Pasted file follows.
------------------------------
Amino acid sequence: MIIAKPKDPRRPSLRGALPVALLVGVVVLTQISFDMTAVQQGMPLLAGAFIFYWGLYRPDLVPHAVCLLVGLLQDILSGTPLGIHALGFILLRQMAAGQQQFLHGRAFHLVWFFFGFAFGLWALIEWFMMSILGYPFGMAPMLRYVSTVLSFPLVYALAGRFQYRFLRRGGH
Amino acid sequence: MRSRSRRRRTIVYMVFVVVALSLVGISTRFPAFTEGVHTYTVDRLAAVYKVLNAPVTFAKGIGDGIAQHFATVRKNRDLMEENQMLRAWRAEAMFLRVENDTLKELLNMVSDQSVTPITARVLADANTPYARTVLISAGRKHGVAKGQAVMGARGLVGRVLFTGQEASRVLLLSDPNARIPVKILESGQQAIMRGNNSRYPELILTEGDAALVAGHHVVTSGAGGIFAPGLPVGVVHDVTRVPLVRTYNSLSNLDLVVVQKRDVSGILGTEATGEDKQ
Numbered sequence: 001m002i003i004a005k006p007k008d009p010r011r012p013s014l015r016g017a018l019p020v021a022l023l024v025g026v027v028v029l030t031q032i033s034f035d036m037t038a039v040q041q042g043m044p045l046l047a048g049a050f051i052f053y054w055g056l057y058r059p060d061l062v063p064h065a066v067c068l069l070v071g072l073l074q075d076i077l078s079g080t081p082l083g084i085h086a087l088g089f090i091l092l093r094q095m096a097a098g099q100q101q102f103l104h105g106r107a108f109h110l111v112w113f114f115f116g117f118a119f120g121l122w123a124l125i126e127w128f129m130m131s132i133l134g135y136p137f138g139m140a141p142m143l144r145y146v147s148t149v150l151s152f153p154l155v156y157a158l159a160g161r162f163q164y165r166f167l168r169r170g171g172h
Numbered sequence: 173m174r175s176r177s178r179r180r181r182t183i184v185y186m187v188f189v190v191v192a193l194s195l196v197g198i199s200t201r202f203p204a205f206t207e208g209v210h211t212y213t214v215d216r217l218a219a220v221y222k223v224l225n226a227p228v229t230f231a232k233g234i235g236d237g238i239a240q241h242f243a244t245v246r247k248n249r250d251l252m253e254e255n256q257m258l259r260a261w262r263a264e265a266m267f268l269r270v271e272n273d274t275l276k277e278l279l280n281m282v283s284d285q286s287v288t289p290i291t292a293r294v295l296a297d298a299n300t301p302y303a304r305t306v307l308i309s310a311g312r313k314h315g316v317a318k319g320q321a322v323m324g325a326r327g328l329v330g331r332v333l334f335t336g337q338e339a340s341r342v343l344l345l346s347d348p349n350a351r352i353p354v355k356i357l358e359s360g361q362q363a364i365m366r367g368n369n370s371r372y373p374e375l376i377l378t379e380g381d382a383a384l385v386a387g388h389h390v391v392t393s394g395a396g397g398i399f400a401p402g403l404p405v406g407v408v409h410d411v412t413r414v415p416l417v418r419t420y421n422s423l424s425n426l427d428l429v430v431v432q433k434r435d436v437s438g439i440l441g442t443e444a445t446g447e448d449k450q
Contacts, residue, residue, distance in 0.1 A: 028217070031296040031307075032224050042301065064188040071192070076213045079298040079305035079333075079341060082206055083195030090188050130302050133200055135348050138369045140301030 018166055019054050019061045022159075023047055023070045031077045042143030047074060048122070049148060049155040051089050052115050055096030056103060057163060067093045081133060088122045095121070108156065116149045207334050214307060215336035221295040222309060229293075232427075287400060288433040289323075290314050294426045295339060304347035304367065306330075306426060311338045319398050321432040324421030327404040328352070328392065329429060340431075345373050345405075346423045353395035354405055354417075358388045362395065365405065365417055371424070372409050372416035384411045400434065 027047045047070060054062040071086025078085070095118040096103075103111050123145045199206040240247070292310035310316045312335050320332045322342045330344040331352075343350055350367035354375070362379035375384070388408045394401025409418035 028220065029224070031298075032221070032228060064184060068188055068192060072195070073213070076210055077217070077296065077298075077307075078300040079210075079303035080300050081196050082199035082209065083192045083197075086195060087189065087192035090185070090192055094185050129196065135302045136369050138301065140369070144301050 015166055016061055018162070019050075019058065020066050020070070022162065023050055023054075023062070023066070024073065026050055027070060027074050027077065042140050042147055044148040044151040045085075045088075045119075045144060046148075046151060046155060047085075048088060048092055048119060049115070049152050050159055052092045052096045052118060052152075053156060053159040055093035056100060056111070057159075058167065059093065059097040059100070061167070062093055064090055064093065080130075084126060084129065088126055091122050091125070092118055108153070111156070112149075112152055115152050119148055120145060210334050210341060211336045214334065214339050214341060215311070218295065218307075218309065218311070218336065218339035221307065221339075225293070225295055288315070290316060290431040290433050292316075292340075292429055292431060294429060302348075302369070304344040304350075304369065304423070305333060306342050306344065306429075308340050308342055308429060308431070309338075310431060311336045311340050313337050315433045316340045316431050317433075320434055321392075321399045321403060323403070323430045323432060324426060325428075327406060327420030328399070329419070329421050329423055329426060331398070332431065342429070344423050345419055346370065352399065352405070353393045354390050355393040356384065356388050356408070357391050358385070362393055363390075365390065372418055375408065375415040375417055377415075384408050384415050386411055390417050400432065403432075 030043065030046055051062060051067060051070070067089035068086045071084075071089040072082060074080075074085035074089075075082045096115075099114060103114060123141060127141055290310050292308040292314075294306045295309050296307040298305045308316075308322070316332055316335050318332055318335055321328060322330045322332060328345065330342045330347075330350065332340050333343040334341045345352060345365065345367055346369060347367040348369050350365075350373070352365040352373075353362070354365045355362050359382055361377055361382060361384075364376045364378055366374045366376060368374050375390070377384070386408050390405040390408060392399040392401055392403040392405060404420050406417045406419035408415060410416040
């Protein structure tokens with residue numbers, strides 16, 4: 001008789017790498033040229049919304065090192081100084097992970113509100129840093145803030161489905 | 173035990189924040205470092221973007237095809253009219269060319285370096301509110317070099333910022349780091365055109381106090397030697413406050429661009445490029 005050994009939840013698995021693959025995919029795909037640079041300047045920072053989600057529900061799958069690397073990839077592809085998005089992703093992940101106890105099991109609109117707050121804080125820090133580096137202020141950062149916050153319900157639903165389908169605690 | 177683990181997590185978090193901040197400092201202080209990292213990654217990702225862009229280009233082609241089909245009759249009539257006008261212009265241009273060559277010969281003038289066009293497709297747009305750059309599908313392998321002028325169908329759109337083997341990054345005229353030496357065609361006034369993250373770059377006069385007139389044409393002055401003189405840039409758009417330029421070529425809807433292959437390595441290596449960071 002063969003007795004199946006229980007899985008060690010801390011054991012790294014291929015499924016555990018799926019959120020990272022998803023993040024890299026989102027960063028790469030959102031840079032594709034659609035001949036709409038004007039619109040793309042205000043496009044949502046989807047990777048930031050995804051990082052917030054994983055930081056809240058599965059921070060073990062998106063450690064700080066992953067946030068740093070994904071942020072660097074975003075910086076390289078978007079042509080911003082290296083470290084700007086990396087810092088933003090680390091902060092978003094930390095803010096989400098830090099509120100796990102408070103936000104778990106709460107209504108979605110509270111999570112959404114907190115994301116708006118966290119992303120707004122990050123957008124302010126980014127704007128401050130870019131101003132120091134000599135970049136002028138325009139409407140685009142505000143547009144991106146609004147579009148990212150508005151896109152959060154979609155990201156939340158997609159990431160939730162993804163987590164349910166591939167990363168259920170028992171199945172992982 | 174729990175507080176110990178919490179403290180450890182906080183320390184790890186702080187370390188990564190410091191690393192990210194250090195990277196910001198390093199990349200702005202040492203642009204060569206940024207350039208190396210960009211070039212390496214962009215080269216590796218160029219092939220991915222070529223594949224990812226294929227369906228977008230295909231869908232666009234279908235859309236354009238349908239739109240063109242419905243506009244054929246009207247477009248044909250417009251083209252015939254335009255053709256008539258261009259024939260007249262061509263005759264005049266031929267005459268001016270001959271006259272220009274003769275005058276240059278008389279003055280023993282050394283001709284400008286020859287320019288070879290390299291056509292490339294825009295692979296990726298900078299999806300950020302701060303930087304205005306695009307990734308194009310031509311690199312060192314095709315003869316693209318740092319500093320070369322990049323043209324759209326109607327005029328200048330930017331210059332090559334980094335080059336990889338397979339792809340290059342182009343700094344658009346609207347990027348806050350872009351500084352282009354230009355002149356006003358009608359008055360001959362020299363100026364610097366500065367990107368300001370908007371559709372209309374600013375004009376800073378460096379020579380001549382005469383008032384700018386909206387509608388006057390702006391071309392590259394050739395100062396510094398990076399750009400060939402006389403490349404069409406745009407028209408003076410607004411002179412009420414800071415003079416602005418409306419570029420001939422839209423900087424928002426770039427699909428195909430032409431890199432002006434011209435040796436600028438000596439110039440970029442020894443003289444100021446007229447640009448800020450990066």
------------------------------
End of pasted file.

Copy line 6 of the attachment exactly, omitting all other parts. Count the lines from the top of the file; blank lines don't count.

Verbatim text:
């Protein structure tokens with residue numbers, strides 16, 4: 001008789017790498033040229049919304065090192081100084097992970113509100129840093145803030161489905 | 173035990189924040205470092221973007237095809253009219269060319285370096301509110317070099333910022349780091365055109381106090397030697413406050429661009445490029 005050994009939840013698995021693959025995919029795909037640079041300047045920072053989600057529900061799958069690397073990839077592809085998005089992703093992940101106890105099991109609109117707050121804080125820090133580096137202020141950062149916050153319900157639903165389908169605690 | 177683990181997590185978090193901040197400092201202080209990292213990654217990702225862009229280009233082609241089909245009759249009539257006008261212009265241009273060559277010969281003038289066009293497709297747009305750059309599908313392998321002028325169908329759109337083997341990054345005229353030496357065609361006034369993250373770059377006069385007139389044409393002055401003189405840039409758009417330029421070529425809807433292959437390595441290596449960071 002063969003007795004199946006229980007899985008060690010801390011054991012790294014291929015499924016555990018799926019959120020990272022998803023993040024890299026989102027960063028790469030959102031840079032594709034659609035001949036709409038004007039619109040793309042205000043496009044949502046989807047990777048930031050995804051990082052917030054994983055930081056809240058599965059921070060073990062998106063450690064700080066992953067946030068740093070994904071942020072660097074975003075910086076390289078978007079042509080911003082290296083470290084700007086990396087810092088933003090680390091902060092978003094930390095803010096989400098830090099509120100796990102408070103936000104778990106709460107209504108979605110509270111999570112959404114907190115994301116708006118966290119992303120707004122990050123957008124302010126980014127704007128401050130870019131101003132120091134000599135970049136002028138325009139409407140685009142505000143547009144991106146609004147579009148990212150508005151896109152959060154979609155990201156939340158997609159990431160939730162993804163987590164349910166591939167990363168259920170028992171199945172992982 | 174729990175507080176110990178919490179403290180450890182906080183320390184790890186702080187370390188990564190410091191690393192990210194250090195990277196910001198390093199990349200702005202040492203642009204060569206940024207350039208190396210960009211070039212390496214962009215080269216590796218160029219092939220991915222070529223594949224990812226294929227369906228977008230295909231869908232666009234279908235859309236354009238349908239739109240063109242419905243506009244054929246009207247477009248044909250417009251083209252015939254335009255053709256008539258261009259024939260007249262061509263005759264005049266031929267005459268001016270001959271006259272220009274003769275005058276240059278008389279003055280023993282050394283001709284400008286020859287320019288070879290390299291056509292490339294825009295692979296990726298900078299999806300950020302701060303930087304205005306695009307990734308194009310031509311690199312060192314095709315003869316693209318740092319500093320070369322990049323043209324759209326109607327005029328200048330930017331210059332090559334980094335080059336990889338397979339792809340290059342182009343700094344658009346609207347990027348806050350872009351500084352282009354230009355002149356006003358009608359008055360001959362020299363100026364610097366500065367990107368300001370908007371559709372209309374600013375004009376800073378460096379020579380001549382005469383008032384700018386909206387509608388006057390702006391071309392590259394050739395100062396510094398990076399750009400060939402006389403490349404069409406745009407028209408003076410607004411002179412009420414800071415003079416602005418409306419570029420001939422839209423900087424928002426770039427699909428195909430032409431890199432002006434011209435040796436600028438000596439110039440970029442020894443003289444100021446007229447640009448800020450990066």